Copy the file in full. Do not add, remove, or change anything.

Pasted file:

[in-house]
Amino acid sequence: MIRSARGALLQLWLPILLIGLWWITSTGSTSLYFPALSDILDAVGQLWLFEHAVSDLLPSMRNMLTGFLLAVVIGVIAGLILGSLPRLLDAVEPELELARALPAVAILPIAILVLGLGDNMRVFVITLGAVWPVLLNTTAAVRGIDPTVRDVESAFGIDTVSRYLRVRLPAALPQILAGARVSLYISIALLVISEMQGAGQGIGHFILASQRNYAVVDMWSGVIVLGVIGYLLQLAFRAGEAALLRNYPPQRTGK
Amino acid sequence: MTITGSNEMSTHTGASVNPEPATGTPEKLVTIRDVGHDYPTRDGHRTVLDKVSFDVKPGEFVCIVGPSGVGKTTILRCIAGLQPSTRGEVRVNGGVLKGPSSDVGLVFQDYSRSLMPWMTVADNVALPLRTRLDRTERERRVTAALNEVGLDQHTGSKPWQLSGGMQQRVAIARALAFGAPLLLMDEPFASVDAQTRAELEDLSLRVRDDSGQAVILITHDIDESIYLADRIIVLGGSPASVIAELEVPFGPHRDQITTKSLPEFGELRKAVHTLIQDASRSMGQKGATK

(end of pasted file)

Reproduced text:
[in-house]
Amino acid sequence: MIRSARGALLQLWLPILLIGLWWITSTGSTSLYFPALSDILDAVGQLWLFEHAVSDLLPSMRNMLTGFLLAVVIGVIAGLILGSLPRLLDAVEPELELARALPAVAILPIAILVLGLGDNMRVFVITLGAVWPVLLNTTAAVRGIDPTVRDVESAFGIDTVSRYLRVRLPAALPQILAGARVSLYISIALLVISEMQGAGQGIGHFILASQRNYAVVDMWSGVIVLGVIGYLLQLAFRAGEAALLRNYPPQRTGK
Amino acid sequence: MTITGSNEMSTHTGASVNPEPATGTPEKLVTIRDVGHDYPTRDGHRTVLDKVSFDVKPGEFVCIVGPSGVGKTTILRCIAGLQPSTRGEVRVNGGVLKGPSSDVGLVFQDYSRSLMPWMTVADNVALPLRTRLDRTERERRVTAALNEVGLDQHTGSKPWQLSGGMQQRVAIARALAFGAPLLLMDEPFASVDAQTRAELEDLSLRVRDDSGQAVILITHDIDESIYLADRIIVLGGSPASVIAELEVPFGPHRDQITTKSLPEFGELRKAVHTLIQDASRSMGQKGATK